Reproduco Pipework Arrangements

Stardard Reproduco Player Pipe Organ with violin pipes.

(Photograph courtesy of Art Reblitz.)

Pipework inside a Standard Reproduco Player Pipe Organ with violin pipes. All Standard Reproduco piano organs have a total of 98 pipes, whether they be for the mortuary or theatre trade. 86 of the pipes are on pipe chests located below the piano keyboard, while the largest 12 pipes are mounted externally on the back of the piano, for a grand total of 98 pipes. The Reproduco pipework as shown here is somewhat rare, in that the front rank consists of 37 metal violin pipes, rather than the more common Quintadena pipes. Behind the violin pipes, the rear row of pipes consists of (from left to right) 12 stopped wood diapasons and 37 open wooden flutes. For this instrument, with the pump and 10-tune roll frame above the keyboard, the tremolo unit for the pipework is to the far right, stuffed between the shortest pipes and the piano case. However, for Reproduco pianos that use the small diameter music rolls the tremolo unit might be mounted on either the back of the piano or attached to or inside the blower box.

 Stardard Reproduco Player Pipe Organ with Quintadena pipes.

(Photograph courtesy of the Stevens Mortuary, Altoona, Pennsylvania.)

Pipework inside Standard Reproduco Player Pipe Organ #282965 with Quintadena pipes. Although all Standard Reproduco models have a total of 98 pipes, the pipework composition of the front rank of metal pipes varies, to wit, this specimen has the more commonly found front rank of 37 Quintadena pipes (a capped metal flute), instead of the rarely encountered metal violins. Behind the Quintadena pipes is the usual row of (from left to right) 12 stopped wood diapasons and 37 open wood flutes. And like all Standard Reproduco models the rank of 12 large stopped wood diapason pipes are located behind the piano.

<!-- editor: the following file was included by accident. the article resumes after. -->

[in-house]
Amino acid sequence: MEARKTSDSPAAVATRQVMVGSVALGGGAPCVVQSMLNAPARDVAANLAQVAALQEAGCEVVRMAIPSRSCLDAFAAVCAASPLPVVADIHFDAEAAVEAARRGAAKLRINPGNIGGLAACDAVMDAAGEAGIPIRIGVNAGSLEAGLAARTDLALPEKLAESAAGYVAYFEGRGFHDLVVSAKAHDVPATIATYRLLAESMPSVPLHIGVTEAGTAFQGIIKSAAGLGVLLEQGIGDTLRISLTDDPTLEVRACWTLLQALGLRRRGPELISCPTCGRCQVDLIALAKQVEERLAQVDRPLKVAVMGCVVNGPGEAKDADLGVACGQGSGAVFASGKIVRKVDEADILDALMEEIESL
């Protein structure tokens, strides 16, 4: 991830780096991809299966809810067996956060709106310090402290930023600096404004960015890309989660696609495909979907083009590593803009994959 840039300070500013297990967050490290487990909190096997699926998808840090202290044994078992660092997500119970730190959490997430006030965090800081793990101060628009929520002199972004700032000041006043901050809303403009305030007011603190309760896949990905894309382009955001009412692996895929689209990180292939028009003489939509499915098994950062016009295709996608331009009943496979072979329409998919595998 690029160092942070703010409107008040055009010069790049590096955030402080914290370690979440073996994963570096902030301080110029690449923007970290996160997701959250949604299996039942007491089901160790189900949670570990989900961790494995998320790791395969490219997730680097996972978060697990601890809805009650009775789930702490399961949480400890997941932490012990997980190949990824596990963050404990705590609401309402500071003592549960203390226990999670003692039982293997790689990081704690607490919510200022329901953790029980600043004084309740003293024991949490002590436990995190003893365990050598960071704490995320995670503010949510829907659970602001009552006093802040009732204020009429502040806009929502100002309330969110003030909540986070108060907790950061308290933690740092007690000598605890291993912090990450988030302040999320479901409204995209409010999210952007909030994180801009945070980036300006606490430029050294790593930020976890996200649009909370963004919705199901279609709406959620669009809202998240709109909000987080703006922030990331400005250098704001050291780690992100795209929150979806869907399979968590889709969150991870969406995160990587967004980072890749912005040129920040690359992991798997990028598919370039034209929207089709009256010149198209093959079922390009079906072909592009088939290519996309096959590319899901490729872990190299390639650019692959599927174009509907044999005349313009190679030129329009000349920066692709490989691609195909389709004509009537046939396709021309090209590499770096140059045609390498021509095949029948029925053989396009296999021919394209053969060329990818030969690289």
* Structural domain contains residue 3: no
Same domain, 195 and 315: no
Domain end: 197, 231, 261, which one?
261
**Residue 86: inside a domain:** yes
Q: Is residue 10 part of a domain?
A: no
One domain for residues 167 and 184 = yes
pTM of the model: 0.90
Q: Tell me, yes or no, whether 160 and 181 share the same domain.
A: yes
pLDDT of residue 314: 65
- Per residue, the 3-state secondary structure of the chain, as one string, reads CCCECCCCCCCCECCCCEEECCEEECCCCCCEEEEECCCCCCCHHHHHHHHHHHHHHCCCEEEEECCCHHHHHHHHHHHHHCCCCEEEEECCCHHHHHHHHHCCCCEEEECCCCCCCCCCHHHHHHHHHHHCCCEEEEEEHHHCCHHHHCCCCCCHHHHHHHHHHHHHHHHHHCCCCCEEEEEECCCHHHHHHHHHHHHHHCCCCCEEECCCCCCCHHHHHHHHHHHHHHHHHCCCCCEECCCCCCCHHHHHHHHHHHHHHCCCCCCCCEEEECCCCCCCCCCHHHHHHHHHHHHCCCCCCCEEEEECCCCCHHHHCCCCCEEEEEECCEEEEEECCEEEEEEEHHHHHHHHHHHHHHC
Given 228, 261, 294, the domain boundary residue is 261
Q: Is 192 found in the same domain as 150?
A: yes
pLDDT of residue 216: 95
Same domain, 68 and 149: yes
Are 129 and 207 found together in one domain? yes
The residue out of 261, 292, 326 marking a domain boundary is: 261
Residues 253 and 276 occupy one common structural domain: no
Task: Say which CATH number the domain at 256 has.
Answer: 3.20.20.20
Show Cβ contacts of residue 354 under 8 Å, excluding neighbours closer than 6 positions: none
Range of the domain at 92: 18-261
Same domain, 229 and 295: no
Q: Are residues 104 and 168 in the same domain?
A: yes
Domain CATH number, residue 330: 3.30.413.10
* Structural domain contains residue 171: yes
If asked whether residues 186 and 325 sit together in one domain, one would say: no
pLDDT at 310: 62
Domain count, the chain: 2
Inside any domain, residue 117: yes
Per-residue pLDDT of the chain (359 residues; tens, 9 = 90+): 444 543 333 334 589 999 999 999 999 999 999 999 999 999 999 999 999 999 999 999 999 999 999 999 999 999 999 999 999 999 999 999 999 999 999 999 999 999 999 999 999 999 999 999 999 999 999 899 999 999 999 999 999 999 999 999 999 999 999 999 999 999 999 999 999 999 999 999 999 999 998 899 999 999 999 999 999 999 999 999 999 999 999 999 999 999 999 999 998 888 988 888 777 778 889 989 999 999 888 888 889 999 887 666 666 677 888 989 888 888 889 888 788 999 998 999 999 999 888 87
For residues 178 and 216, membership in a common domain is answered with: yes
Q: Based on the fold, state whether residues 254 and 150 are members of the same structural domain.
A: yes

Rear external stopped wood diapason pipework for a Standard Reproduco Player Pipe Organ.

(Photograph courtesy of the Stevens Mortuary, Altoona, Pennsylvania.)

Rear external pipework for Standard Reproduco Player Pipe Organ #282965. The backside of the piano is at left, and a plastered wall at right, with the 12 large external stopped wooden diapason pipes sandwiched between the two. This Reproduco is still in its original location, where it has been pushed up snugly against a wall. And the organ has obviously not been pulled away from the wall to clean or carry out other maintenance for a very long time. This would have been the usual situation for most Reproduco organs. When new they were setup in a certain spot and never moved again, unless absolutely necessary. Apart from the instrument being heavy and clumsy to handle, moving it required the wind supply to be disconnected, which was not always an easy task (maybe easy to take apart but not easy to reconnect). So only under the worst of circumstances requiring access to the backside of the piano and/or the external pipework, or for floor and/or wall replacement would the instrument be moved. And as difficult as it might appear, the external pipework can be tuned from the top or sides of the piano case without moving the instrument, and this is how it should be done. When the external pipes are tuned with the organ pulled away from the wall they will go out of tune once pushed back up against the wall. This is because the pipework mouths will be shaded by the nearby wall, thereby changing the pitch, causing the pipework to go out of tune.

(Photograph courtesy of Richard Lokemoen.)